View Comments (9)

9 Comments

  1. dorn

    October 22, 2020 at 5:26 am

    If your 2yr old can’t be wheedled into wearing a mask, maybe it’s best to not travel until they can, or to make other arrangements for them while you travel, or to drive.

  2. EmAAx

    October 22, 2020 at 6:08 am

    The airlines have this backwards. I’m not flying because of the mask requirement and the on board service reductions.

    Requiring masks isn’t going to get anyone afraid of this virus on planes.

  3. oh912flyer

    October 22, 2020 at 7:12 am

    Here’s why airlines really DON’T want they are asking for. A regulation would mandate face coverings but because of the ADA would require exempting medical conditions. No questions asked. The airlines would have less ability than they have now under regulation. Right now if you violate the requirement (and don’t have a medicatl condition) they can ban you; under a regulation anyone that says they have a medical condition woule be exempted and the airline can’t even ask for any information about it without violating the ADA. Remember, regulations cannot override federal law; so right now the airlines have some leeway, but they will have none if regulated.

    Don’t believe me? Look at the airlines inability to do anything about alleged “service animals” …

  4. oh912flyer

    October 22, 2020 at 7:14 am

    @dorn — come back when you’ve actually raised a toddler…

  5. azmojo

    October 22, 2020 at 8:06 am

    Not sure why they need a regulation, they’ve been really successful so far in deplaning hundreds of passengers.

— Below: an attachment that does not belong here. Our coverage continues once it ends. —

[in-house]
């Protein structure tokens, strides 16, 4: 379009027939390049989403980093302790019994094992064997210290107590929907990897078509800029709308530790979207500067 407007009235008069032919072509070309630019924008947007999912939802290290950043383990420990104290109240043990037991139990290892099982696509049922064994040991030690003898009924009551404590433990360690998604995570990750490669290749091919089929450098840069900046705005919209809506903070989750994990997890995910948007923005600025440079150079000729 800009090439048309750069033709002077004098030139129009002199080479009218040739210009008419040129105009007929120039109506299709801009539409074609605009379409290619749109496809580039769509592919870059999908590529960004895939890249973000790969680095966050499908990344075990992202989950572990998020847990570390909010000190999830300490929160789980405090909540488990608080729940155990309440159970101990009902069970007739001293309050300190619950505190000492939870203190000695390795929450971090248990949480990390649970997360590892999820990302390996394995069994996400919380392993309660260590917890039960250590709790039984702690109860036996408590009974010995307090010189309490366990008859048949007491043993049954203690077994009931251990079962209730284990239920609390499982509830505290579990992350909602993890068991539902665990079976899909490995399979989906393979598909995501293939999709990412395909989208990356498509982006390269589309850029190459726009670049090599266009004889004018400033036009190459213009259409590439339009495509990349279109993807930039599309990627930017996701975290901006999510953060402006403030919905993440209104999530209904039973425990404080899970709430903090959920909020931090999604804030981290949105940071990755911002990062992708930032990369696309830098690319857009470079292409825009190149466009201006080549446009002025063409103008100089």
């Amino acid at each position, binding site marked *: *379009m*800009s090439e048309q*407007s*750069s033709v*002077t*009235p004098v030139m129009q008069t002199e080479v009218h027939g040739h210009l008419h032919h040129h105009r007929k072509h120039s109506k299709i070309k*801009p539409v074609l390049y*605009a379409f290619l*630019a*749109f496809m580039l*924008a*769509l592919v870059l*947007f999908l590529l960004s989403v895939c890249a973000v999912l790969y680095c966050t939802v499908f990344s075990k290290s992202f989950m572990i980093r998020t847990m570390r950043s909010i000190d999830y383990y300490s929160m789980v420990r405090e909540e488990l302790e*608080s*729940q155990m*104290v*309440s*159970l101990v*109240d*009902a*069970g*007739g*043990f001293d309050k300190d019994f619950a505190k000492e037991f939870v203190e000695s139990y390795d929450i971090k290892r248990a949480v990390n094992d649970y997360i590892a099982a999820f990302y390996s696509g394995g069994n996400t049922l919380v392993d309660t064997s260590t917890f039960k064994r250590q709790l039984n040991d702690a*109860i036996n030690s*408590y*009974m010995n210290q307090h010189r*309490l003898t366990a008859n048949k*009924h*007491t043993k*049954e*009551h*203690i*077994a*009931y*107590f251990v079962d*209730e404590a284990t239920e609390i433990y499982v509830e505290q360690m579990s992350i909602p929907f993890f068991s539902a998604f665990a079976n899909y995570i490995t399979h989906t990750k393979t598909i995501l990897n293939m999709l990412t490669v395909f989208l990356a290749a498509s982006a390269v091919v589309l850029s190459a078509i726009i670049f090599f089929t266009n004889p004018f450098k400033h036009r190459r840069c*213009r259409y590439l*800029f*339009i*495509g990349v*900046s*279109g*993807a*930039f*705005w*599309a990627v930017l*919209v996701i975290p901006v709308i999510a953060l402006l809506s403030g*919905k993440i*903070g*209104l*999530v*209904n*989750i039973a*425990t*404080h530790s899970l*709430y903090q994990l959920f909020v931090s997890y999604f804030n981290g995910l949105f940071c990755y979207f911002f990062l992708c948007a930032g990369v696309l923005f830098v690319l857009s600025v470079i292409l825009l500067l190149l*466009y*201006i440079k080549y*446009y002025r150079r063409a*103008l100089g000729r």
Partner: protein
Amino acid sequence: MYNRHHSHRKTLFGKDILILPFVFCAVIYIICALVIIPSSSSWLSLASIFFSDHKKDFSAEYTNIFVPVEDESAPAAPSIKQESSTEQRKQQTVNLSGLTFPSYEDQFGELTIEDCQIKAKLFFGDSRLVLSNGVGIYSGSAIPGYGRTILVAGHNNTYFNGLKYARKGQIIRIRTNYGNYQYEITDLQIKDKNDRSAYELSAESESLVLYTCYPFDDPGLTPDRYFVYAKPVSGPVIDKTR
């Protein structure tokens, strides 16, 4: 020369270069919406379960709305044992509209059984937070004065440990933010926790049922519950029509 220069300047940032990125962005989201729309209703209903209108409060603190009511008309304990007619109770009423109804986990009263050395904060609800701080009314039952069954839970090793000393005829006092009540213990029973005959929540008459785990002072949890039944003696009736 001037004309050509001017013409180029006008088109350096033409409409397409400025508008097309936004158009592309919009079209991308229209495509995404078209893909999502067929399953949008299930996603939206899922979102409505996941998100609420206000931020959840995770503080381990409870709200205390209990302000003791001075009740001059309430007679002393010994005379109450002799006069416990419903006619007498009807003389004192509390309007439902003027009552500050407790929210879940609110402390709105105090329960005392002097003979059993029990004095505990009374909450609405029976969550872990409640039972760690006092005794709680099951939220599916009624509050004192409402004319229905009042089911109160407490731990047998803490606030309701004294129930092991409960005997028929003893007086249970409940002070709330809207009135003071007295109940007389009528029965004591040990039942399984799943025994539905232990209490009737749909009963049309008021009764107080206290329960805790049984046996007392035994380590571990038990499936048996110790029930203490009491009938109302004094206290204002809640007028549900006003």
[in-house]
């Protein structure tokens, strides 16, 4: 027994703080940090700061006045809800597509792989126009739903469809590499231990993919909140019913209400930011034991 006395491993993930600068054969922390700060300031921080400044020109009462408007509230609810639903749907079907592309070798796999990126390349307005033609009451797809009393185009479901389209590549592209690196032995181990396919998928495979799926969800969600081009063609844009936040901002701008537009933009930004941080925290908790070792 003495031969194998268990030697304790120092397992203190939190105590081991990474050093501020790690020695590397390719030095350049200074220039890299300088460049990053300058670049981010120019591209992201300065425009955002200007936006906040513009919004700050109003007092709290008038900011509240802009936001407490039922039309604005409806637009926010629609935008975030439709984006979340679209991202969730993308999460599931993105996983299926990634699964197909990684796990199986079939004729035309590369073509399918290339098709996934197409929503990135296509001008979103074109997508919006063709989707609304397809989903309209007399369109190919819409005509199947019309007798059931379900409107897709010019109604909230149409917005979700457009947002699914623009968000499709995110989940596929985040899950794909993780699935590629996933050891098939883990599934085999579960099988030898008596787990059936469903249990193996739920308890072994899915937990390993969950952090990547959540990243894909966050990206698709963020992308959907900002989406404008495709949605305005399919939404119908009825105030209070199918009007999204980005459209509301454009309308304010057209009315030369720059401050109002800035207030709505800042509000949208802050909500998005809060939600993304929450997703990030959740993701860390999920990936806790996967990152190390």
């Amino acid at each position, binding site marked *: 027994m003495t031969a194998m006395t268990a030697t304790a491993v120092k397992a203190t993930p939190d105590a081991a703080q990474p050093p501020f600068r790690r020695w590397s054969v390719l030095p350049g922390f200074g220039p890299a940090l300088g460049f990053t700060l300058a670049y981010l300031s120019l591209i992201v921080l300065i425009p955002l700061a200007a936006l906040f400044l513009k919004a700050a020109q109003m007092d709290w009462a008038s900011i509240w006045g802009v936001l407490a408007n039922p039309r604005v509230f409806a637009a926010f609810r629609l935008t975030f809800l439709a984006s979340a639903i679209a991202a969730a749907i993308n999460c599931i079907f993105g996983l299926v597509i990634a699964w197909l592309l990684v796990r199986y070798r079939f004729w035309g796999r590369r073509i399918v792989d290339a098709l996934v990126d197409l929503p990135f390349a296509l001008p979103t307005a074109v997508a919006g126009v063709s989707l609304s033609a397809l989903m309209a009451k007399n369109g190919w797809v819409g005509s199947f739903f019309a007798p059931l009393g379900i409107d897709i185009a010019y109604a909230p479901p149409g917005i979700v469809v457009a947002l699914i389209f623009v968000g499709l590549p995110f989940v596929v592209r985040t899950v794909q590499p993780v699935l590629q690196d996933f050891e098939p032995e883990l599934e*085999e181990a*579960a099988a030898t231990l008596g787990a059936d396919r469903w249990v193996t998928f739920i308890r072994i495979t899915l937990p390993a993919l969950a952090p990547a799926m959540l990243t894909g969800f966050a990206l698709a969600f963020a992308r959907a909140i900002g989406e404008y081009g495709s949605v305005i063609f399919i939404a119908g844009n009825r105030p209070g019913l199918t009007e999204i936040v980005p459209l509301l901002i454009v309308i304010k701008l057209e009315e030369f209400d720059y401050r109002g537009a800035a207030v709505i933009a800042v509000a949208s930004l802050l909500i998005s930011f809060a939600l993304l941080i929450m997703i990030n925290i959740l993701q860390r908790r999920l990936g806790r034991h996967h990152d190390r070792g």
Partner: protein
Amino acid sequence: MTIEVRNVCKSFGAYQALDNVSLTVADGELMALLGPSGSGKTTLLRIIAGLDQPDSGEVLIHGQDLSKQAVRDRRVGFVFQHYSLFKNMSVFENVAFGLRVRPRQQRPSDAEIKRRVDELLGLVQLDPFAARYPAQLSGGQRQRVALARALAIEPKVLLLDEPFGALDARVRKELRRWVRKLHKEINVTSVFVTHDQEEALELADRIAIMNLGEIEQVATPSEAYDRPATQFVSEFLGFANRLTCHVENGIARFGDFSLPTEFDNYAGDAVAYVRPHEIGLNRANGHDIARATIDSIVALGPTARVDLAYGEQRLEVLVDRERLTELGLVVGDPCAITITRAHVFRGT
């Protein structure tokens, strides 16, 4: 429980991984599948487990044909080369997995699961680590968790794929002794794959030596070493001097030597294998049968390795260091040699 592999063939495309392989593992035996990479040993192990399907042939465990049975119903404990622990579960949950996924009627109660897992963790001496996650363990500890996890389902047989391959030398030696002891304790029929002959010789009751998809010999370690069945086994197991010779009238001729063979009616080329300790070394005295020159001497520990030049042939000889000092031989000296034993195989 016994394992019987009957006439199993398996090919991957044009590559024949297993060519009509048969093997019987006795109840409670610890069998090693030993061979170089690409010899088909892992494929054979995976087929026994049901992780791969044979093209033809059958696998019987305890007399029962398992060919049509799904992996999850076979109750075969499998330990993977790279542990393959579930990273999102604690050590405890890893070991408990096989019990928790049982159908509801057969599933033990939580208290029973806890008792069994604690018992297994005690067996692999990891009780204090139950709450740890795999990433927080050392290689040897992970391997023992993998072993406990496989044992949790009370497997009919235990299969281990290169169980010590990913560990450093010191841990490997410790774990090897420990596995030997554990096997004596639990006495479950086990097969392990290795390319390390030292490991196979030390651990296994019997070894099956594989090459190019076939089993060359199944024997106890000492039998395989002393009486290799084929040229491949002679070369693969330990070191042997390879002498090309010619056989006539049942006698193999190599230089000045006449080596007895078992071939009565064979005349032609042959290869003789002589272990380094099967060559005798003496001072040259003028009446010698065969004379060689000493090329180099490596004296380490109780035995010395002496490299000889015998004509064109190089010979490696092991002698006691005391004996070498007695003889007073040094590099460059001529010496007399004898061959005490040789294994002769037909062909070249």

And, before any official regulation is made, perhaps we need an official RCT study showing that masks are effective, as there are none that show this as of now.

  6. LuckyStrike

    October 22, 2020 at 8:23 am

    Wait… passenger must comply with crew member instructions. So why additional bureaucracy?

  7. bedelman

    October 22, 2020 at 10:09 am

    LuckyStrike, there is no overarching requirement that passengers must comply with crew member instructions. Some crew make instructions to this effect. As best I can tell they are attempting to summarize 14 CFR § 121.317(k), which requires that “Each passenger shall comply with instructions given him or her by a crewmember regarding compliance with paragraphs (f), (g), (h), and (l) of this section.” If you read the listed paragraphs, you will see that they pertain to specific subjects (seat belts, no smoking signs, smoking in lavatories, and tampering with smoke detectors). I know no regulation requiring that passengers comply with crew instructions on other subjects.

  8. azmojo

    October 23, 2020 at 8:44 am

    BTW, the CDC guidelines expressly state that unconscious people shouldn’t be wearing masks. Many people sleep on flights. I’m not sure you’d want to have legislation that opposes express CDC guidance.

  9. tkelvin69

    October 27, 2020 at 7:04 am

    @azmojo – you apparently haven’t had any medical training. There’s a difference between sleeping and unconscious. Perhaps a good drink service might create that level.